New Kodak Black and White Films that get "color processed"

Discussion in 'Kodak' started by Tom Avel, Aug 11, 2003.

  1. Tom Avel

    Tom Avel Guest

    I noticed a new black and white film by Kodak, that according to the package
    should be processed with the same chemicals as regular color print film. I
    guess you can just drop it off at the drugstore with you other color film.

    Anyone use this stuff? How does it compare to using "real" Black and white
    film that requires its own special processing. I wonder, does this stuff
    give you the same contrast and other qualities as "real" black and white.
    Or is just some Kodak gimmick.
    Tom Avel, Aug 11, 2003
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  2. The stuff has been around for quite a while, and if you like sepia prints or
    some such other off color rendering they would suit you.
    I myself do not think much of them, but that is just my opinion. You may like
    the effect.

    WinkenBlinken& Nod, Aug 11, 2003
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  3. Tom Avel

    Tom Avel Guest

    So do you mean the prints you get back are not really true black and white,
    but color tinted?
    Tom Avel, Aug 11, 2003
  4. Tom Avel

    Norman Worth Guest

    Actually, there are three different varieties. The amateur films are
    designed to be processed by the minilabs. They produce very low contrast
    negatives to be printed on color paper. The prints you get from the minilab
    may be any color, but they are usually brownish. The Portra series black
    and white films are designed to print on black and white chromogenic paper
    (Process RA-4 or equivalent). They can also be printed on color paper or
    (with somewhat more difficulty) on regular black and white paper. TMax
    400CN has higher contrast and is designed to be printed on regular black and
    white paper.
    I have only tried the amateur version and 400CN. They seem to be decent
    films, although I don't like the amateur film that well (hard to handle for
    reprints). 400CN works very well, with excellent, fine grain structure and
    very good sharpness.
    Norman Worth, Aug 11, 2003
  5. Tom Avel

    Jan Philips Guest

    I used a roll by accident (I saw Kodak B&W and assumed that it was
    Tri-X renamed.) When I got the prints back, they had very low
    contrast. I took them to a camera store and they said that they could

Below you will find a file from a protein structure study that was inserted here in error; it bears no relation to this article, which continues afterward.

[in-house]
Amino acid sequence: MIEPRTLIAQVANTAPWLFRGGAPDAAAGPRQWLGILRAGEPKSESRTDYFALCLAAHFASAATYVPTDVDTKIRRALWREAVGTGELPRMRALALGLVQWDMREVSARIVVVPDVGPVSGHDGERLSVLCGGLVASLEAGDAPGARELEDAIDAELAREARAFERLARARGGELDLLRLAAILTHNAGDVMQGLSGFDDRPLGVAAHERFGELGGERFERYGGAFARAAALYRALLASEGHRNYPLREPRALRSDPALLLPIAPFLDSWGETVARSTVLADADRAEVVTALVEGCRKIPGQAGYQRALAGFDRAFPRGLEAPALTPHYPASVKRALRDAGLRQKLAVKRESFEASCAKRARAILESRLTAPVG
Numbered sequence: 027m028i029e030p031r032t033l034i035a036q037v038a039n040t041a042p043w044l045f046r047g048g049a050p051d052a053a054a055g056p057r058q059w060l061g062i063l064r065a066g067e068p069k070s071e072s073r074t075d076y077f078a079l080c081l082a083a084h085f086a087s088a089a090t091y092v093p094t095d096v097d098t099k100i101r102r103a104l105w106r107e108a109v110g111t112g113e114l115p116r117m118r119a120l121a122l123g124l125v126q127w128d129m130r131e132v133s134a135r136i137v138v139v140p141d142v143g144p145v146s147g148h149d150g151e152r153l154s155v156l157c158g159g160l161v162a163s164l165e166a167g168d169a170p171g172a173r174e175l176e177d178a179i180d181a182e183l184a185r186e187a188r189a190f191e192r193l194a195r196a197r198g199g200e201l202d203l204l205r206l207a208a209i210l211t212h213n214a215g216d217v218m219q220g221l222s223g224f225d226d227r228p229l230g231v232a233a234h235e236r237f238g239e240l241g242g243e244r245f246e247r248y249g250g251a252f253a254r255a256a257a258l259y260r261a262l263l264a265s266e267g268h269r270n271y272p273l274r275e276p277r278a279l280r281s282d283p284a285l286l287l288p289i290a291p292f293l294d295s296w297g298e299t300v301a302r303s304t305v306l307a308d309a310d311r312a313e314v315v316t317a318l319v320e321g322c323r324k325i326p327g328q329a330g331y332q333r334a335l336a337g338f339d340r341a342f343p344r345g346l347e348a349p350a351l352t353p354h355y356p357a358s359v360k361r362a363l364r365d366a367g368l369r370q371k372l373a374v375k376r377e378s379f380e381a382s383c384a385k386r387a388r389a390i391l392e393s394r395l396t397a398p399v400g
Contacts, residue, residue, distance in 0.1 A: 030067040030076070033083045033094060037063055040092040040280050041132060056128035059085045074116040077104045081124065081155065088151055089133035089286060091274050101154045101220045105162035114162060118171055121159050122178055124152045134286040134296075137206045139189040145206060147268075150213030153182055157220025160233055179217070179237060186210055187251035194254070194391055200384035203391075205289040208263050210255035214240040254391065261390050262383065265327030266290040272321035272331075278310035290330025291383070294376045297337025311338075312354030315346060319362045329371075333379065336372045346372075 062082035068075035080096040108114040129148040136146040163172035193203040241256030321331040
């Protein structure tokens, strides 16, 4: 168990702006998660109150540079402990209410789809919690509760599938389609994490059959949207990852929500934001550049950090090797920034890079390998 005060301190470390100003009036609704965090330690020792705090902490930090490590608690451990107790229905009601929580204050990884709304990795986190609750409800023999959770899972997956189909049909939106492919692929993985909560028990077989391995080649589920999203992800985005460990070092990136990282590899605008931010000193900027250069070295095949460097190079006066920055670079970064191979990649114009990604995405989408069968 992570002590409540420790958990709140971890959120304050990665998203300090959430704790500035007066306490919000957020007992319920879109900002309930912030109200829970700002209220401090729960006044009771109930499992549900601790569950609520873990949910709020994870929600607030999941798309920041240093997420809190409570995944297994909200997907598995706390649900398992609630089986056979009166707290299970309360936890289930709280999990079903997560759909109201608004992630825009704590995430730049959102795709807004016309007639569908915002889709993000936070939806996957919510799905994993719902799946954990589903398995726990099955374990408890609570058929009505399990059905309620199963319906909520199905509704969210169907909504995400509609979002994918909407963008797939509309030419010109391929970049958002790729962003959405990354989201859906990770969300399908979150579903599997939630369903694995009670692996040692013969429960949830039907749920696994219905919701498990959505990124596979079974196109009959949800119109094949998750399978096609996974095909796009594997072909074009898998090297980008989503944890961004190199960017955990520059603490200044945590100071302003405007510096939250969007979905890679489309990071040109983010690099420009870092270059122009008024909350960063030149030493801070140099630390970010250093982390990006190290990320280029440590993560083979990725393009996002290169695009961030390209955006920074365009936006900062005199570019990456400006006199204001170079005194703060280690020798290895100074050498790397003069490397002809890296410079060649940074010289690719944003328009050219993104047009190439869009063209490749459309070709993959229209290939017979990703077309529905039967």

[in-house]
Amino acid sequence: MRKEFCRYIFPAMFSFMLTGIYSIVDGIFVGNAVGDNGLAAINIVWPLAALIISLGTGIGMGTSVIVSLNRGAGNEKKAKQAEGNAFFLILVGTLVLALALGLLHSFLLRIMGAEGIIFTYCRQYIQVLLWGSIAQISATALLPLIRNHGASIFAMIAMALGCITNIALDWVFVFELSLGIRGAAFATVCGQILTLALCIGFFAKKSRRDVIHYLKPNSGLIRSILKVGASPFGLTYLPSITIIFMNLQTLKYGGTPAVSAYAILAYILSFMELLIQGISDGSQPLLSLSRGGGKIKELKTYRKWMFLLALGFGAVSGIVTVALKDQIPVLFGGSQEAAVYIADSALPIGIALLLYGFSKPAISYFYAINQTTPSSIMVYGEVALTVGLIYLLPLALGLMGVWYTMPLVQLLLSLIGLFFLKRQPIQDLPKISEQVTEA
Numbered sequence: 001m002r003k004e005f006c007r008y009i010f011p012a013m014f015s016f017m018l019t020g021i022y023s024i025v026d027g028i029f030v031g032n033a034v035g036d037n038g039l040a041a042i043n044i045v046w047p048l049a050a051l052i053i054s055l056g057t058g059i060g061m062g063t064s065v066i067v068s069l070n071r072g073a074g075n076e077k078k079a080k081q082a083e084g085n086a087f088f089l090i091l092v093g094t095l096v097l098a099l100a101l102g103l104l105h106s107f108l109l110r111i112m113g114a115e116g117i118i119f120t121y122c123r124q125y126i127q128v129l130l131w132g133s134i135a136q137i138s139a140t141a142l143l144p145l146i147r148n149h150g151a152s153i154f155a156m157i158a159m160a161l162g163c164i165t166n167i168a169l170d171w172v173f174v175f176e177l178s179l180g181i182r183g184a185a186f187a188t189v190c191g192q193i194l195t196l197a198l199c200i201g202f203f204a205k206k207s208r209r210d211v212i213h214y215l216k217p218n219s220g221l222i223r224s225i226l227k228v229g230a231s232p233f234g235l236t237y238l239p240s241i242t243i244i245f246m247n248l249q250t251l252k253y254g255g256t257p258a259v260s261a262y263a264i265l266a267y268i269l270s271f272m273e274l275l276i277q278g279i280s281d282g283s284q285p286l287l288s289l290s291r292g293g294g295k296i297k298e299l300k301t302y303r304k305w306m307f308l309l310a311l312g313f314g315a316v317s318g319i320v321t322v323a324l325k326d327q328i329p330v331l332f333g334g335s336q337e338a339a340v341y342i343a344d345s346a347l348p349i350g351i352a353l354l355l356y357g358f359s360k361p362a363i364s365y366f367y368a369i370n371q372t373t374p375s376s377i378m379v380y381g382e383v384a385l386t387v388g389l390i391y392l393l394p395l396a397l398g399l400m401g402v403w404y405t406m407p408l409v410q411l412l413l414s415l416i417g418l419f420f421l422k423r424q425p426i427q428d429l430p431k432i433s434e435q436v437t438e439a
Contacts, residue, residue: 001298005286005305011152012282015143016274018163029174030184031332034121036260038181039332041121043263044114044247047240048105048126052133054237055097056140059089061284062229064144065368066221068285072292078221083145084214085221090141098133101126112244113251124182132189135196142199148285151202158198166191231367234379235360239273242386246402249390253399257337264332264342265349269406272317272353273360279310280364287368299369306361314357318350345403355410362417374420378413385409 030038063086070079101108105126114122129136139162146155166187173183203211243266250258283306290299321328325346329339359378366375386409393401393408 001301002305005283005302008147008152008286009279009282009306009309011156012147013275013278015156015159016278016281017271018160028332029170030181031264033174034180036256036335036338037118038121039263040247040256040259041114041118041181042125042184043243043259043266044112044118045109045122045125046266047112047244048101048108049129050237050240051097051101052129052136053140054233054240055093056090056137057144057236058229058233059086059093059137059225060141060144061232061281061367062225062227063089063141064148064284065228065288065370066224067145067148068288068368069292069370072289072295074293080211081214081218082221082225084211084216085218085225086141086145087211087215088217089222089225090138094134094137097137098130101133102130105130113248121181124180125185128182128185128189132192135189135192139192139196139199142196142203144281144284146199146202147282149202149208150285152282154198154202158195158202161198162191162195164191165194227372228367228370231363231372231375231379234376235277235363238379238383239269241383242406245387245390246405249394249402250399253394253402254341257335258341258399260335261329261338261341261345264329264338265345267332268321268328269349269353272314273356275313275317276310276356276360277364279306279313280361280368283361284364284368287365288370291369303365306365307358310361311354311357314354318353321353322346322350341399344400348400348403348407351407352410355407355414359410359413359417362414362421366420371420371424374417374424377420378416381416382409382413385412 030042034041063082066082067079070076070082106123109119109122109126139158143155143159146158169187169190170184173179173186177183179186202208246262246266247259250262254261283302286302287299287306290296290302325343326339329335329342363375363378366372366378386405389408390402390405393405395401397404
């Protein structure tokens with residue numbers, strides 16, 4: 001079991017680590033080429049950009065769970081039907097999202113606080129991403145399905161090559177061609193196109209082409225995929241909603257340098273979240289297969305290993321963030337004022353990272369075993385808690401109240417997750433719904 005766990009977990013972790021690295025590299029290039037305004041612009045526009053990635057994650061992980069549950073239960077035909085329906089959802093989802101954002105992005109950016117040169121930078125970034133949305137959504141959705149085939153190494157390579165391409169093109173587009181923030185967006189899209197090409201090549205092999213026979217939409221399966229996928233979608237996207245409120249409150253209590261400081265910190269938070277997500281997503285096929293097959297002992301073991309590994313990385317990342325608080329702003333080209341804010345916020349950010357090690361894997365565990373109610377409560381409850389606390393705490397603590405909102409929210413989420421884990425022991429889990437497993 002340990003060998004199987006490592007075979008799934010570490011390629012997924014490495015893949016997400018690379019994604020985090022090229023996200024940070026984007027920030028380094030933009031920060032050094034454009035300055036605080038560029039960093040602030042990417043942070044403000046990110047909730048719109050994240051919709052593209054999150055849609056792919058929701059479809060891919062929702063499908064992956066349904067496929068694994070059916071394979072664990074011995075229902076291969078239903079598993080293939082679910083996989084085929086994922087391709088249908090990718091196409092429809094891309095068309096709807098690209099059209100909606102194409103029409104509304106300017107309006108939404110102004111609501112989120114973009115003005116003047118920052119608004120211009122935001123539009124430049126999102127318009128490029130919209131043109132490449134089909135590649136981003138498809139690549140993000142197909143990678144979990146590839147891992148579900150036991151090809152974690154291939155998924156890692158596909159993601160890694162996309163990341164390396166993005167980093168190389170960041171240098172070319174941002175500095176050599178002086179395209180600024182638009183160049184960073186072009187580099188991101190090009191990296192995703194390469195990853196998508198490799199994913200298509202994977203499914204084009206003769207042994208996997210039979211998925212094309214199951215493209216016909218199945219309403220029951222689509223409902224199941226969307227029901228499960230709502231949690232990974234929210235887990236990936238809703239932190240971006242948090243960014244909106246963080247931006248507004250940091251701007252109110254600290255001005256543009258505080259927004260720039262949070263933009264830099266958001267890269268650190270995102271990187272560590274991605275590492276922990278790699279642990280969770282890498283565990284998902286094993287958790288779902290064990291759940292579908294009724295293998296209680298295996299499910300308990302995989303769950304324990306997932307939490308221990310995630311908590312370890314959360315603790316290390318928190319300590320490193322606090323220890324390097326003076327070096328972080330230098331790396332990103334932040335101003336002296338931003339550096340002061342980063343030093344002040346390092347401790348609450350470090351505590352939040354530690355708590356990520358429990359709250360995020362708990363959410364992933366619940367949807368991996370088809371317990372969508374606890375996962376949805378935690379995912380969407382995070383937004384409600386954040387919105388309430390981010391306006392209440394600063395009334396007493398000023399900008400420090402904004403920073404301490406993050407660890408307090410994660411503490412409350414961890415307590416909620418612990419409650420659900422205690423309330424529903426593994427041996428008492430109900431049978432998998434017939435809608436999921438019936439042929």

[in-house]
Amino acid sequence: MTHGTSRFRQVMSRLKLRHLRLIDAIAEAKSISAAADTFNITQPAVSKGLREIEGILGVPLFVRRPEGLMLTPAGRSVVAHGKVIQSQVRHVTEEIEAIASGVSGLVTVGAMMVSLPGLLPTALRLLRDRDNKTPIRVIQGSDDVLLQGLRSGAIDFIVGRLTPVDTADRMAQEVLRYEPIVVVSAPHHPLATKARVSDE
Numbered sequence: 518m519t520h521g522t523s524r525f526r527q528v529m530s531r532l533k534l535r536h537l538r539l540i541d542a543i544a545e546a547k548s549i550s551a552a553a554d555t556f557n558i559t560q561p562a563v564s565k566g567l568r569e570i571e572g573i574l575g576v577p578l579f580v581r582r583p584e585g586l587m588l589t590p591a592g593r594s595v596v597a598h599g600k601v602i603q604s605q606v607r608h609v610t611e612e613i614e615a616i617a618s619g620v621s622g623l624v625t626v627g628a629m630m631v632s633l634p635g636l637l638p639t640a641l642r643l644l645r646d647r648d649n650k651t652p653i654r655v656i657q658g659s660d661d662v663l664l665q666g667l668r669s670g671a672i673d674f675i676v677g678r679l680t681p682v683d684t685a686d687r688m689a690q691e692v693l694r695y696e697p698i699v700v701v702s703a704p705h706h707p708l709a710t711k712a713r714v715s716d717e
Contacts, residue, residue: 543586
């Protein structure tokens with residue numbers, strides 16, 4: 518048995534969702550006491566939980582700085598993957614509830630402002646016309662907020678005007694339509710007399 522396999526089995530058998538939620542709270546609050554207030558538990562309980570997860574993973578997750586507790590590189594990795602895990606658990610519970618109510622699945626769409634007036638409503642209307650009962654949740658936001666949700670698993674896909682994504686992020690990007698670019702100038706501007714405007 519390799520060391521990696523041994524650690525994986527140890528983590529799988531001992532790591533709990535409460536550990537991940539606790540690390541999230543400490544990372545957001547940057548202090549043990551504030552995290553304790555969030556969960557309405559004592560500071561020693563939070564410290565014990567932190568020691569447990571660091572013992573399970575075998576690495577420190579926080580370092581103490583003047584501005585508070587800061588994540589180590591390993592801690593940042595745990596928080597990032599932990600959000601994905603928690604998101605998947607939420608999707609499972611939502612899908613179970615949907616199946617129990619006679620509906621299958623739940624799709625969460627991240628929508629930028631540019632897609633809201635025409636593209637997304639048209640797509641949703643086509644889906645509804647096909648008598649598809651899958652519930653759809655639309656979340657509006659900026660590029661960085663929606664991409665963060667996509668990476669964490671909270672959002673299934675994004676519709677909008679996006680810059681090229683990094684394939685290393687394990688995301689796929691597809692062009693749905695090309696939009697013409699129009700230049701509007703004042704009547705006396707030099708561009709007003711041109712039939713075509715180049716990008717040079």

print them better.
    Jan Philips, Aug 11, 2003
  6. Tom Avel

    Üter Guest

    I noticed a new black and white film by Kodak, that according to the
    Its C-46 or something like that. Kinda flat IMO. Also, the images come out
    greenish, or reddish depending on the photo printer used by the lab. I
    prefer TMAX 400. The first time I used real B&W film it knocked my sox off.
    Üter, Aug 11, 2003
  7. Tom Avel

    David Guest

    haven't used them, but previous conversations in photo news groups indicate
    they're muddy, not much of a clear black or white.

    David, Aug 12, 2003
  8. Tom Avel

    Bob Sull Guest

    They are not color tinted but since the negs are printed on color paper
    the prints tend to pick up color from the film base. Some are orange,
    some are clear.

    Bob Sull, Aug 12, 2003
  9. Tom Avel

    Bob Sull Guest


    Kodak gimmick? What about Ilford and Agfa? Is their C-41 B&W a Kodak
    gimmick too?

    Bob Sull, Aug 12, 2003
  10. Tom Avel

    Üter Guest


    Thanks. :)
    If the photos look the same as when using Kodak's C-41 then I'd say yes. :)
    Üter, Aug 12, 2003
  11. Tom Avel

    David Guest

    your reasoning escapes me.

    is "kodaks C41" different than "agfa's C41" or "fujis C41"?
    David, Aug 12, 2003
  12. Tom Avel

    Üter Guest

    Kodak gimmick? What about Ilford and Agfa? Is their C-41 B&W a Kodak
    Beets me. I haven't used them. Based on the poor results I got from
    kodak's c-41 I wouldn't waste time with the others. Besides, its a pain to
    take film in to have it developed. Much simpler to use real B&W film and
    develop at home. My point was that kodak's c-41 seems geared toward the
    uneducated consumer and in that respect its a gimmick. You might as well
    shoot color film and enlarge on B&W paper. You get the same results.
    Üter, Aug 12, 2003
  13. \>
    If providing a product that consumers can drop off at the local minilab is a
    "gimmick" so be it. And FWIW Ilford and Agfa versions do render
    differently. But as to the contrast issues on Kodak's chromogenic films.
    Yes, if you print on color paper, well lets say the densities are quite low.
    Print on Grade 3 black and white paper, however, and it pops. The point of
    shooting color and printing B/W is understood, but the "uneducated consumer"
    may not think of such a thing.
    John Garrison, Aug 13, 2003
  14. Here is another tid bit of info...If you shoot black and white film that
    gets C-41 process, it is stupidly expensive to go back and have it printed
    on black and white only paper. I know this cause I just had some C-41 negs
    printed on to black and white only. Not to mention that the people looked
    at me stupid. I guess its all fine and dandy if you dont mind the weird
    tint that seems to plauge C-41 processed black and whites.

, Aug 13, 2003
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